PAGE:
OPEN - $500

Is there $A\subseteq \mathbb{N}$ such that
\[\lim_{n\to \infty}\frac{1_A\ast 1_A(n)}{\log n}\]
exists and is $\neq 0$?

A suitably constructed random set has this property if we are allowed to ignore an exceptional set of density zero. The challenge is obtaining this with no exceptional set. Erdős believed the answer should be no. Erdős and Sárkzözy proved that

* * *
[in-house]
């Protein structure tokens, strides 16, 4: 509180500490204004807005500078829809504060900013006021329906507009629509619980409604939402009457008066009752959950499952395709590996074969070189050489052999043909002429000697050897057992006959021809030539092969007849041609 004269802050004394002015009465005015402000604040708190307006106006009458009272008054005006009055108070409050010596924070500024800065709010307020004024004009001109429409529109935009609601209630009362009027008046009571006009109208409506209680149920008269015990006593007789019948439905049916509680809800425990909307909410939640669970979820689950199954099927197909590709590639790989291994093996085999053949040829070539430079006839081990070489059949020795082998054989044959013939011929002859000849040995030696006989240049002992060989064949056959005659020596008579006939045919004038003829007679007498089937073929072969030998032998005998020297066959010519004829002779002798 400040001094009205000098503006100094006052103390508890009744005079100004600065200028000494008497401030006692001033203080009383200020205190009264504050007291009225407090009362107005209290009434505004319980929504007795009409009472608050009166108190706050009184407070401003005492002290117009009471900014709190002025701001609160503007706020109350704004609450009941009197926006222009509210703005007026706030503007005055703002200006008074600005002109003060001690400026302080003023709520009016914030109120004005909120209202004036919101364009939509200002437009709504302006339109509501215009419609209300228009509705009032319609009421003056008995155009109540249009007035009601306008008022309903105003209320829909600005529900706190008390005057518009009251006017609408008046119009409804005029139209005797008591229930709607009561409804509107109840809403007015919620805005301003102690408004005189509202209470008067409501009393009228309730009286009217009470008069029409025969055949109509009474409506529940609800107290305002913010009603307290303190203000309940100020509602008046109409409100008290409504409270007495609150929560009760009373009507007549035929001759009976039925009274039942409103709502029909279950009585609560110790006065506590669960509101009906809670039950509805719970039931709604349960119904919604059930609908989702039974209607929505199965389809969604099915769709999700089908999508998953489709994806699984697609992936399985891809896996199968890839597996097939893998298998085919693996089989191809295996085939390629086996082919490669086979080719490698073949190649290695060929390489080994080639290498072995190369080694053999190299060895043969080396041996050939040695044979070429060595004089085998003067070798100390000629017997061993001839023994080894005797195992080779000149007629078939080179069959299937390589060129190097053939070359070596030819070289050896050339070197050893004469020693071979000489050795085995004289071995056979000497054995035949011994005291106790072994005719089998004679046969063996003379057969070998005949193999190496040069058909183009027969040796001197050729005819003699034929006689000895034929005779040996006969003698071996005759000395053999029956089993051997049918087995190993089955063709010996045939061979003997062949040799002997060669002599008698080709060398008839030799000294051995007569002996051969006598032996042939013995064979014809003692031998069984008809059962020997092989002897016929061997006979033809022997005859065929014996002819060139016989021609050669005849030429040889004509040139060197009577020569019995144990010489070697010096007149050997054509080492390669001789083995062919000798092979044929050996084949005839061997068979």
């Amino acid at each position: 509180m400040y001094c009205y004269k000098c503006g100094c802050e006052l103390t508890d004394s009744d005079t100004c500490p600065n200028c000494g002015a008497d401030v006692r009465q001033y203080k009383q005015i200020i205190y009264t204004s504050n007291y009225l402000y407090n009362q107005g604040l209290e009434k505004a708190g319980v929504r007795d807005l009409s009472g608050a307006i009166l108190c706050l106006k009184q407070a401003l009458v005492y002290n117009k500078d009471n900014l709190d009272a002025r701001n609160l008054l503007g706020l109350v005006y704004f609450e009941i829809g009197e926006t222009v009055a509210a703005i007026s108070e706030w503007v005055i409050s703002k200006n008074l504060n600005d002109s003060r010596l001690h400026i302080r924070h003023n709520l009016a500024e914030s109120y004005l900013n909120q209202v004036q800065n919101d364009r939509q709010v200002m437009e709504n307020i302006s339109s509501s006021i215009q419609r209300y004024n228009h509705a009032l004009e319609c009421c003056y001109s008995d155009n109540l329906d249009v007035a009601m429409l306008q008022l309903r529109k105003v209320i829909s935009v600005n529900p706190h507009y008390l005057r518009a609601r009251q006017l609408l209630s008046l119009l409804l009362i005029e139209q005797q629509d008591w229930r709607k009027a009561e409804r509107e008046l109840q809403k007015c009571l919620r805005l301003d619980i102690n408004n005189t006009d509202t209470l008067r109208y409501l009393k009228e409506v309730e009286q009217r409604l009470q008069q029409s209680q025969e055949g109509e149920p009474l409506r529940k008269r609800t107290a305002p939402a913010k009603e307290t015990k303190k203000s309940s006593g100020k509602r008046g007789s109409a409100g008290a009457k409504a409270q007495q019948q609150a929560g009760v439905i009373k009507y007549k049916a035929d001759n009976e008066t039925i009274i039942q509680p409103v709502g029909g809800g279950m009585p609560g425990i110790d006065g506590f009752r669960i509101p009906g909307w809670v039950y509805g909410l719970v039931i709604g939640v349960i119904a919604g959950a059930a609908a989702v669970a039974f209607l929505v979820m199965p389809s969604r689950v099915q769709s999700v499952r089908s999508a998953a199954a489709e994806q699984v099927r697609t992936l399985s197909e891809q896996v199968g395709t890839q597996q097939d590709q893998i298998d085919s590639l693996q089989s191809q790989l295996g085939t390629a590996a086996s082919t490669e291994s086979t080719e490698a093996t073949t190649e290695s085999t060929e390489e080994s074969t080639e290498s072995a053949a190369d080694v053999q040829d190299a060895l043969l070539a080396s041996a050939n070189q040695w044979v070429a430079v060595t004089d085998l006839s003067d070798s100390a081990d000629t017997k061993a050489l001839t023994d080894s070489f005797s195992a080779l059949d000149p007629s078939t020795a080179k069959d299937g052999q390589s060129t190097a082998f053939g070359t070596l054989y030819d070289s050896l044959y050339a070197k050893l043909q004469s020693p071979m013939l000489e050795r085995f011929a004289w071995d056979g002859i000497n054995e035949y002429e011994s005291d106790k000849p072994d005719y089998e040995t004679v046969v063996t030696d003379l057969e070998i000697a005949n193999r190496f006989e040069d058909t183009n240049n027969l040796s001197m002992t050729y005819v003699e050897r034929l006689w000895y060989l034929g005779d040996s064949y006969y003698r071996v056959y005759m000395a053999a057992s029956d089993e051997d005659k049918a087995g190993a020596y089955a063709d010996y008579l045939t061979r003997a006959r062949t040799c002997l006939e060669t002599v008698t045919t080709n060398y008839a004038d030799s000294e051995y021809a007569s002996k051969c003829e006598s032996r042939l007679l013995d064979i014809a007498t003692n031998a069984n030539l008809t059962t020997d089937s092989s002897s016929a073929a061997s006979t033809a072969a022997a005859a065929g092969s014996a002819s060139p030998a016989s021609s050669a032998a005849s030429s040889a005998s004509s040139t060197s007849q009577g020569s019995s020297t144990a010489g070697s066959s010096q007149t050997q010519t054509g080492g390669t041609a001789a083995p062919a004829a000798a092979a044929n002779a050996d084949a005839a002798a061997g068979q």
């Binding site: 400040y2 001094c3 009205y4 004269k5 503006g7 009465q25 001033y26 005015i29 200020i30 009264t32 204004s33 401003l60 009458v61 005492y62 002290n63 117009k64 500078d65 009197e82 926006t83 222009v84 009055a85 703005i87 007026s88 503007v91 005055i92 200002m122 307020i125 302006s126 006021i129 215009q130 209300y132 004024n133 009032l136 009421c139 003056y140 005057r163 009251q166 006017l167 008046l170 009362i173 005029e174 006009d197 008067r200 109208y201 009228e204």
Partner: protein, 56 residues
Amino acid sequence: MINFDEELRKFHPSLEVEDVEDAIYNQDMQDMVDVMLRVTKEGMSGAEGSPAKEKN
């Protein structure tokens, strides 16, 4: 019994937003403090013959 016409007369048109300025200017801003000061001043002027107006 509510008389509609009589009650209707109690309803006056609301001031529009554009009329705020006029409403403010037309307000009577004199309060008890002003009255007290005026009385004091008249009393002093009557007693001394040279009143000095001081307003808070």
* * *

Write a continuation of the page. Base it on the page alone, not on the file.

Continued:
\[\frac{\lvert 1_A\ast 1_A(n)-\log n\rvert}{\sqrt{\log n}}\to 0\]
is impossible. Erdős suggests it may even be true that the $\liminf$ and $\limsup$ of $1_A\ast 1_A(n)/\log n$ are always separated by some absolute constant.